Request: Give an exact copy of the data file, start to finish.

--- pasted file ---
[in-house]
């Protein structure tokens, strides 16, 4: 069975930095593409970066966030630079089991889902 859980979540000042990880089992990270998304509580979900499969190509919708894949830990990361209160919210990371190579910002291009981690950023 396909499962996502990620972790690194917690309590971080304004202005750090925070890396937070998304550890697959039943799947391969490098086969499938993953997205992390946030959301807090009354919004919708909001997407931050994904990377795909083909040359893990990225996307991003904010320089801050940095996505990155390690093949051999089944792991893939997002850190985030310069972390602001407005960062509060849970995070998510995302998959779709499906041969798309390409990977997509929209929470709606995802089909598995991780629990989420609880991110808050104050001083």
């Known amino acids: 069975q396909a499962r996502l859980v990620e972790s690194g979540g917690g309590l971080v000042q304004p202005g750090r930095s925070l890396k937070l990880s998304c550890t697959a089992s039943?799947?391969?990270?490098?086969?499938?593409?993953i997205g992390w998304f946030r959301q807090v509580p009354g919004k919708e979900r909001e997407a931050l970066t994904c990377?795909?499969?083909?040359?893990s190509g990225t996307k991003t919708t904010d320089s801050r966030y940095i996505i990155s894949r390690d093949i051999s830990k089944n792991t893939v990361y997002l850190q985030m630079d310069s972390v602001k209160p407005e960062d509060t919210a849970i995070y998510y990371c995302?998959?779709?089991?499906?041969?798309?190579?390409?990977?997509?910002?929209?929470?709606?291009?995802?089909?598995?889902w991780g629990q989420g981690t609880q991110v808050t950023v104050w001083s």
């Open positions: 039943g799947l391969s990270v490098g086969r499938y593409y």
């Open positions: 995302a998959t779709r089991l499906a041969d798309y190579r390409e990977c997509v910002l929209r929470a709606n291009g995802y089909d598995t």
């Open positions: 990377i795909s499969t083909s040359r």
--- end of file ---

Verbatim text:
[in-house]
């Protein structure tokens, strides 16, 4: 069975930095593409970066966030630079089991889902 859980979540000042990880089992990270998304509580979900499969190509919708894949830990990361209160919210990371190579910002291009981690950023 396909499962996502990620972790690194917690309590971080304004202005750090925070890396937070998304550890697959039943799947391969490098086969499938993953997205992390946030959301807090009354919004919708909001997407931050994904990377795909083909040359893990990225996307991003904010320089801050940095996505990155390690093949051999089944792991893939997002850190985030310069972390602001407005960062509060849970995070998510995302998959779709499906041969798309390409990977997509929209929470709606995802089909598995991780629990989420609880991110808050104050001083």
């Known amino acids: 069975q396909a499962r996502l859980v990620e972790s690194g979540g917690g309590l971080v000042q304004p202005g750090r930095s925070l890396k937070l990880s998304c550890t697959a089992s039943?799947?391969?990270?490098?086969?499938?593409?993953i997205g992390w998304f946030r959301q807090v509580p009354g919004k919708e979900r909001e997407a931050l970066t994904c990377?795909?499969?083909?040359?893990s190509g990225t996307k991003t919708t904010d320089s801050r966030y940095i996505i990155s894949r390690d093949i051999s830990k089944n792991t893939v990361y997002l850190q985030m630079d310069s972390v602001k209160p407005e960062d509060t919210a849970i995070y998510y990371c995302?998959?779709?089991?499906?041969?798309?190579?390409?990977?997509?910002?929209?929470?709606?291009?995802?089909?598995?889902w991780g629990q989420g981690t609880q991110v808050t950023v104050w001083s």
């Open positions: 039943g799947l391969s990270v490098g086969r499938y593409y």
């Open positions: 995302a998959t779709r089991l499906a041969d798309y190579r390409e990977c997509v910002l929209r929470a709606n291009g995802y089909d598995t």
């Open positions: 990377i795909s499969t083909s040359r």